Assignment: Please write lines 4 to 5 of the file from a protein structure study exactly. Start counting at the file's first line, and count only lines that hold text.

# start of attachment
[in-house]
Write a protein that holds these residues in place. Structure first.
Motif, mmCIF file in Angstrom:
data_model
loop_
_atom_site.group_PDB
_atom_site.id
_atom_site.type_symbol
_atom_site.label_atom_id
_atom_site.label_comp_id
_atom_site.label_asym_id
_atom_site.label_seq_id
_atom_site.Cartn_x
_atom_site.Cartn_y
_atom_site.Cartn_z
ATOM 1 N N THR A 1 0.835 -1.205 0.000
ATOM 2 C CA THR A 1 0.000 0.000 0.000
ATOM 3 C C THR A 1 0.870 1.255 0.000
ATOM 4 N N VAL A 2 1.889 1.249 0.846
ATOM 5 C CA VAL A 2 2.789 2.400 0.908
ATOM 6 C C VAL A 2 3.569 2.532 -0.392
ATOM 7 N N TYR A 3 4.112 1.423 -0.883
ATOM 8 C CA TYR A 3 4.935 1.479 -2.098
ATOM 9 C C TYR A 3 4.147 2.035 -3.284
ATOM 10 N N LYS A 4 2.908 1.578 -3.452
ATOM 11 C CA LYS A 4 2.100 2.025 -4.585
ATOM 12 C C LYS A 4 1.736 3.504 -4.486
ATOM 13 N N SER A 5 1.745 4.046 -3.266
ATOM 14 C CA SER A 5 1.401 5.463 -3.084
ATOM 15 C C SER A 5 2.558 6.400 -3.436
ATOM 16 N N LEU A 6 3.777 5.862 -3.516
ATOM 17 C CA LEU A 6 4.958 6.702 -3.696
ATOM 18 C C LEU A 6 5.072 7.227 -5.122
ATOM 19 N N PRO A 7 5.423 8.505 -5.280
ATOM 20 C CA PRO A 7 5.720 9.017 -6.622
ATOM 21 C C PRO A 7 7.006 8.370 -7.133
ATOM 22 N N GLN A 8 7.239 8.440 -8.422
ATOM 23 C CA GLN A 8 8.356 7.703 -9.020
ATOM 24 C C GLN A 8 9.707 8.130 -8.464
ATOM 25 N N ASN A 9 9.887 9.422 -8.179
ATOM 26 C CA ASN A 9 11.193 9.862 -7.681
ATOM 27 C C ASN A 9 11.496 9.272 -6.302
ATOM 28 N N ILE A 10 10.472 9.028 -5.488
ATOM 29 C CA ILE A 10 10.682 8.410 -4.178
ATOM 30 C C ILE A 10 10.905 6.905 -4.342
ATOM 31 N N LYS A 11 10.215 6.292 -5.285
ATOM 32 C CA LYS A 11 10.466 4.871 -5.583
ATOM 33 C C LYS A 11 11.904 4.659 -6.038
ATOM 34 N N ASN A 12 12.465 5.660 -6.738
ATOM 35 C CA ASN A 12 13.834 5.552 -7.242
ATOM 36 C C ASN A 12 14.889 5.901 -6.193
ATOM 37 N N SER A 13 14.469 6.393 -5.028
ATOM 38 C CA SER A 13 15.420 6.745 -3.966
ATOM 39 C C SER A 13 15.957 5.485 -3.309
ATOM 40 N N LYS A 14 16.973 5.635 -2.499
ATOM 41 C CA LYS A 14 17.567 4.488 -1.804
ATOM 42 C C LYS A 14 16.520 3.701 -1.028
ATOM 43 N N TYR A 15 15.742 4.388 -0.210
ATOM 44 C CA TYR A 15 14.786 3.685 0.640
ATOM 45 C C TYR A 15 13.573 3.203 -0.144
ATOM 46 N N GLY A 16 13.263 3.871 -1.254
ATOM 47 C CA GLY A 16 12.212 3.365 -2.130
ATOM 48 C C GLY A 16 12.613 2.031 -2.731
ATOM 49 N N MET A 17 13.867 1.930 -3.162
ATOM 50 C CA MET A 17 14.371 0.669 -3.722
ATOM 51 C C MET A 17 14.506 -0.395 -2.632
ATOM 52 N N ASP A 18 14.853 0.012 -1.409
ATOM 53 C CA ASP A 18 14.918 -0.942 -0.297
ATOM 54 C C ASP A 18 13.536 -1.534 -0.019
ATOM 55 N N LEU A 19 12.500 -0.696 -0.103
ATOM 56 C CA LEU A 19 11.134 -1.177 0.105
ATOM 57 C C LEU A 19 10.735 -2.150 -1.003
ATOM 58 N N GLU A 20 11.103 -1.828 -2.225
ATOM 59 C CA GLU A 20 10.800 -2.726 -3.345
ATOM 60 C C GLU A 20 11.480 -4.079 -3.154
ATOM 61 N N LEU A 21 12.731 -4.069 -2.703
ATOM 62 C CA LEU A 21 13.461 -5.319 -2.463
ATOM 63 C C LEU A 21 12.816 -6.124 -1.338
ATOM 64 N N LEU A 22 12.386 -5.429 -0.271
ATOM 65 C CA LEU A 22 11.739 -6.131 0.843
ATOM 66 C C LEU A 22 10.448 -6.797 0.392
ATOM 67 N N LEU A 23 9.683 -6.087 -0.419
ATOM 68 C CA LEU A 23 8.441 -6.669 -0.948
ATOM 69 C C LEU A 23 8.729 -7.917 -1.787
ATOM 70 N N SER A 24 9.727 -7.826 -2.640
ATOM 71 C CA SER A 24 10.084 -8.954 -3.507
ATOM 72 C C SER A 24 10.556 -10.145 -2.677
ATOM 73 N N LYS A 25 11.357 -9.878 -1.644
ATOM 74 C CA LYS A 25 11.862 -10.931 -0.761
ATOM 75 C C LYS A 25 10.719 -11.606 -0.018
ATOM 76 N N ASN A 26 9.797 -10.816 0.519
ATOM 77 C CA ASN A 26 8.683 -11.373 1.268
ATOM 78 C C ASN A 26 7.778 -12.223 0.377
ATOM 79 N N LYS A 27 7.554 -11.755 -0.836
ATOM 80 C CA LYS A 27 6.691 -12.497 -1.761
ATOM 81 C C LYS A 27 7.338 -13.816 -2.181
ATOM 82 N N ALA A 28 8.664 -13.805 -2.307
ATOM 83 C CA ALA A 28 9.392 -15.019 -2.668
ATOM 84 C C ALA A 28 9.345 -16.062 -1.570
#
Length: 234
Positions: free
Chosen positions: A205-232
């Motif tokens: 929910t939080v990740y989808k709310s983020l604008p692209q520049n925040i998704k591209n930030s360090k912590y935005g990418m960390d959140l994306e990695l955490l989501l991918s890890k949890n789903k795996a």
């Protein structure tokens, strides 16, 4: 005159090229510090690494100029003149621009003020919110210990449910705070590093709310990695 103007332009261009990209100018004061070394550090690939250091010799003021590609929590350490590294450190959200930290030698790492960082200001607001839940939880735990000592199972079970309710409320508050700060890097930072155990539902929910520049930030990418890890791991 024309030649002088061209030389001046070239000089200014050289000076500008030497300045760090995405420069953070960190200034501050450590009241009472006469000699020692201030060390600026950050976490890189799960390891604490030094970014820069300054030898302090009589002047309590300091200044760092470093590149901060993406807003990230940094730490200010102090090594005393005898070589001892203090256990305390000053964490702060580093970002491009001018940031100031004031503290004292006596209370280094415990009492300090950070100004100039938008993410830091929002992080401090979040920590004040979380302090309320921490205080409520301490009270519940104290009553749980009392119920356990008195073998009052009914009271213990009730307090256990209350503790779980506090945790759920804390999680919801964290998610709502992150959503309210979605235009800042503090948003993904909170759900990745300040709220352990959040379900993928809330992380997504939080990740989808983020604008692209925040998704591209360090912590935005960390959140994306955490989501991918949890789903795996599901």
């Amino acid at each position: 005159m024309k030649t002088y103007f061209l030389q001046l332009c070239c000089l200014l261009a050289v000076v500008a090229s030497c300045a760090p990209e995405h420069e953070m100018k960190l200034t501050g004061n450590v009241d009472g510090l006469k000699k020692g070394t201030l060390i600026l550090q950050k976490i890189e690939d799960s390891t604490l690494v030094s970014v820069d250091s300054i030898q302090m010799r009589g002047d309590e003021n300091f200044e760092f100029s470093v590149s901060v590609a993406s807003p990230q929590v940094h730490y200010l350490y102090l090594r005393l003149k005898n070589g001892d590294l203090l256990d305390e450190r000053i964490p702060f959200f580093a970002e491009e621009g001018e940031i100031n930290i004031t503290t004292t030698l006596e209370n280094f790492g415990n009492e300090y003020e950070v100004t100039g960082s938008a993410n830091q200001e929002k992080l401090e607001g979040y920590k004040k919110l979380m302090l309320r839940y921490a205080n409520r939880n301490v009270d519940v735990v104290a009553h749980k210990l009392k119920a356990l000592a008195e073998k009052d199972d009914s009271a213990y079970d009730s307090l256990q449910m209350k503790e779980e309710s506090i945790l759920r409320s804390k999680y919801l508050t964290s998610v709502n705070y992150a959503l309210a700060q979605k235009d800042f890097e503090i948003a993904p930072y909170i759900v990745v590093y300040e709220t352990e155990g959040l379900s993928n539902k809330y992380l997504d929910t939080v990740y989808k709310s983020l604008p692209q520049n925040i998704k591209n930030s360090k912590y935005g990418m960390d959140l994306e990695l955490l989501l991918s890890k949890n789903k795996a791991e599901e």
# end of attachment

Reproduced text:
data_model
loop_